Opinion: Time to Change Your Baby Again

A picture of NTP-Stag merchandising director Val Byrd

For some reason, writers (including me) like to use analogies involving babies when communicating ideas. Why? Everyone was once a baby, and almost everyone likes babies and/or identifies with the concepts surrounding them.

I like to conjure up thoughts of infants because they are blank slates, completely dependent on outside resources and nurturing to grow and prosper. Babies require a great deal of work.

The same can be said about your business operation. So, it’s time to change your baby again. It is time to assess your business’ current state, specifically your parts and accessories operation. You should make adjustments, then continue with more nurturing and following your plan.

You may be thinking you just changed your baby last year. Yes, I know. This message is for you, too.

Trends and customer behavior are constantly in flux. I would be remiss if I failed to mention we just experienced a worldwide event that has changed 50% of consumers’ shopping habits. Best practices dictate we conduct reviews annually, at least.

In many parts of the country, spring will be here soon. Flowers buds are showing, birds are returning and sweaters and coats have been replaced by warm-weather gear. Spring is often described as a time of rebirth, and I like to think rebirth applies to our business and personal lives. As Tolstoy once wrote, spring is the time of plans and projects.

It is the perfect time to refresh your RV parts and accessories store.

I get it—the task of running a retail operation is a never-ending story of ordering, receiving, stocking, conditioning and serving internal and external customers. Having store responsibility or ownership is a little like taking care of a baby. You have to feed, clean, attend and nurture your retail operation so it will prosper.

The ultimate key to retail prosperity is converting browsers into shoppers. Every single visitor to your dealership—no matter their age—is a potential sale. On average, you have three seconds to pull them in. We know shoppers are attracted to clean, well-maintained stores with relevant merchandise and eye-appealing displays. Store conditioning/maintenance and attention to visual merchandise will help you meet these objectives.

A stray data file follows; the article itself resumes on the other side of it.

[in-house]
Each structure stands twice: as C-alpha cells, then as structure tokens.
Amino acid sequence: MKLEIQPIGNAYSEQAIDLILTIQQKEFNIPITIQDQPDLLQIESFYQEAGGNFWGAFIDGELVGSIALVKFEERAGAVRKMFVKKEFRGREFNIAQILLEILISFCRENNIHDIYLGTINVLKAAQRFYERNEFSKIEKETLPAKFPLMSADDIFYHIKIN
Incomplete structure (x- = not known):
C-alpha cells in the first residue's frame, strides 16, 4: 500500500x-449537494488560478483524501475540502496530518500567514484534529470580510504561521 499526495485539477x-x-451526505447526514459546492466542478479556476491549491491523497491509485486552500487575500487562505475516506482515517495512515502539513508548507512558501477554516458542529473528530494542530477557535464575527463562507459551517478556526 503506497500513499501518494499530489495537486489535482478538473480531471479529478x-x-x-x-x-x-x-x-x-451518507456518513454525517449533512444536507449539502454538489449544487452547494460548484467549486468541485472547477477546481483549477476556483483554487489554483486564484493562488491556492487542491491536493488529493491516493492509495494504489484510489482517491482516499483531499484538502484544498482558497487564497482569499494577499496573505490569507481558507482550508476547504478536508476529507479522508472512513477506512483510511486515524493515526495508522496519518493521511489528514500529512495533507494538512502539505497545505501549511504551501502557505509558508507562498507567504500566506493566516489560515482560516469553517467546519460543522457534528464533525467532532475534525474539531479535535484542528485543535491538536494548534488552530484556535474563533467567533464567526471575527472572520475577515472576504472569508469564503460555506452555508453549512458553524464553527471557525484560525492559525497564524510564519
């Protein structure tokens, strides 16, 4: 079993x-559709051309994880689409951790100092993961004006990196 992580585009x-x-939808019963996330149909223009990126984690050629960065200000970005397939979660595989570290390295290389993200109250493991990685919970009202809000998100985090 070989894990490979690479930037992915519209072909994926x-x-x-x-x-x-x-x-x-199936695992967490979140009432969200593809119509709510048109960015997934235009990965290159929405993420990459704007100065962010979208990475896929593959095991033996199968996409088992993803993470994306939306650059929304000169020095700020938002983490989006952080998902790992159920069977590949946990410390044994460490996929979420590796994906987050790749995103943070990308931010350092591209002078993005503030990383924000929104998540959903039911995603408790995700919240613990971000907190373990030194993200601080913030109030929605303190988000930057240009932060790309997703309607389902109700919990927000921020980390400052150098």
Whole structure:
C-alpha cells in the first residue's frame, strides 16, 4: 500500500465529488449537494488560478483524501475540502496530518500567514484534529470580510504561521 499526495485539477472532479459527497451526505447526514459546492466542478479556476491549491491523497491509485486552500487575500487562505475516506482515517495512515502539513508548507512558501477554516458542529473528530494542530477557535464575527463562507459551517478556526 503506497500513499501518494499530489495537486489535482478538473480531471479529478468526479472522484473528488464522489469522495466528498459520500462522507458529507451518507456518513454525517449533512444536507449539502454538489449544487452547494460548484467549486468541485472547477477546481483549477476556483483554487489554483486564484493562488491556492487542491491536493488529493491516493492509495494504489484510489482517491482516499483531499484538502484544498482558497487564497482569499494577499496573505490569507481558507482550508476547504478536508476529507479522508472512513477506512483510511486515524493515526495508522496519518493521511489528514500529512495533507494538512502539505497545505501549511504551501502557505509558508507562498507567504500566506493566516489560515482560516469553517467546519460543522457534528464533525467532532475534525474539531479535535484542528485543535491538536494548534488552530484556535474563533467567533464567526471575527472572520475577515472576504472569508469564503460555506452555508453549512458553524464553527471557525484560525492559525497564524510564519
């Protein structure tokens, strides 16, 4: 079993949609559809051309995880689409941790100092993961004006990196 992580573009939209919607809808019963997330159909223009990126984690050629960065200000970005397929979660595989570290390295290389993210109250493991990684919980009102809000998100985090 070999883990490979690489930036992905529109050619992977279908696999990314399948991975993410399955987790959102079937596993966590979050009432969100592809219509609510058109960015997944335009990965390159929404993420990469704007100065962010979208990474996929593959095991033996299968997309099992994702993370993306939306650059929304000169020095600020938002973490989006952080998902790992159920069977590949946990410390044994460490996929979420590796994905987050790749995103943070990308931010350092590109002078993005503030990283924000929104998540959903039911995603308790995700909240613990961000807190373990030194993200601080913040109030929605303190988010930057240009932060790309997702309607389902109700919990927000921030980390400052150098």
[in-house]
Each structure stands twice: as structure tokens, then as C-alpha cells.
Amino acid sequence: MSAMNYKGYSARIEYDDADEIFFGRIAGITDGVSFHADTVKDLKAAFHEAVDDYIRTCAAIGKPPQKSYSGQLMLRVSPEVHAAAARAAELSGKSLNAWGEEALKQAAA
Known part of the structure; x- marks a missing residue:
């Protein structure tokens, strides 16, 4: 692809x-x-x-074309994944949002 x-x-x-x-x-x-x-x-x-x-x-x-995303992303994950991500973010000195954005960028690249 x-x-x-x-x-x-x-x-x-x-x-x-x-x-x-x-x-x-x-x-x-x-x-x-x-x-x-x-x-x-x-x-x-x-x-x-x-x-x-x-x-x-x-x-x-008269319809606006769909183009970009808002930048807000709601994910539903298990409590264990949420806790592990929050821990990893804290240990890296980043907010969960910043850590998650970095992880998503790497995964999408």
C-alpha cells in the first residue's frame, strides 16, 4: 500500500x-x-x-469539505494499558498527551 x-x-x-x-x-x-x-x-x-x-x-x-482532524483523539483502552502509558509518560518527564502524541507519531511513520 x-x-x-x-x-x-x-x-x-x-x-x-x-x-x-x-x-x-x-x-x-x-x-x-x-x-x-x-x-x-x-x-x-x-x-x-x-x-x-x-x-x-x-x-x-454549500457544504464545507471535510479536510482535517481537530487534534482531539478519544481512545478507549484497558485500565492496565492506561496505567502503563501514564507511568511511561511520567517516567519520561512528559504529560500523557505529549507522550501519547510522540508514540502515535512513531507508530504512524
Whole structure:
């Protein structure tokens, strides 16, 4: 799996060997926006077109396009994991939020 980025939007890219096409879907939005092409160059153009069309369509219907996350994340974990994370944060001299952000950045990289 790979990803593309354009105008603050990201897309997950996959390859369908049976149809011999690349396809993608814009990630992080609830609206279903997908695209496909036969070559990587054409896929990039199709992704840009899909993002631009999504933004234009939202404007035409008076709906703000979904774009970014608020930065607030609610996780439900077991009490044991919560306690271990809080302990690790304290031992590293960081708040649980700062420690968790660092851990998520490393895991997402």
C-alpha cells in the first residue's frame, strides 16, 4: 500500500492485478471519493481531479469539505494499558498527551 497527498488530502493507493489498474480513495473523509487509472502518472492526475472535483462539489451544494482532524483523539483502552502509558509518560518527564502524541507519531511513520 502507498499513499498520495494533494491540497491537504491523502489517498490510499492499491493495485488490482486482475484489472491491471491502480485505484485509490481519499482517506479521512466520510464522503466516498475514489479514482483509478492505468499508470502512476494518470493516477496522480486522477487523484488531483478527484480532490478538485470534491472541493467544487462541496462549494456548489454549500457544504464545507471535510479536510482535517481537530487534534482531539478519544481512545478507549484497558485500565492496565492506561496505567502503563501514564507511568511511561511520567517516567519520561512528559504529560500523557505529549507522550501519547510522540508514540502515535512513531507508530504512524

In recent years, the Cintas Corp. conducted a study with 1,000 U.S. respondents regarding store cleanliness and perception. The results showed 99% of respondents said any poor cleanliness issue negatively affected their retail store perception. Dirty restrooms topped the aggravation list and were rated more of a turn-off than poor customer service.

For store management, walking the store is an essential task. A store walk should occur at the beginning and end of the workday to assess the environment and ensure the store’s condition is acceptable. This tactic enables you to determine whether new items are selling, packages are being opened or damaged and whether the store is clean. NTP-Stag has developed a daily store walk checklist including the basic items you should review.

Visual merchandising’s importance cannot be undervalued. Developing a dealership’s distinct look and feel that appeals to customers is more than an esoteric concept placed on a second-tier objective list. Instead, your retail operation’s physical attributes should build your image and send a positive message. Color, signage, sound and product selection are infinitely powerful in influencing consumers’ behaviors.

New Items

Products have a life cycle, just like other creatures. Infusing fresh new items is critical for an accessories store’s success. Consumers are more likely to browse and cover more square footage in the store when they expect to find something new.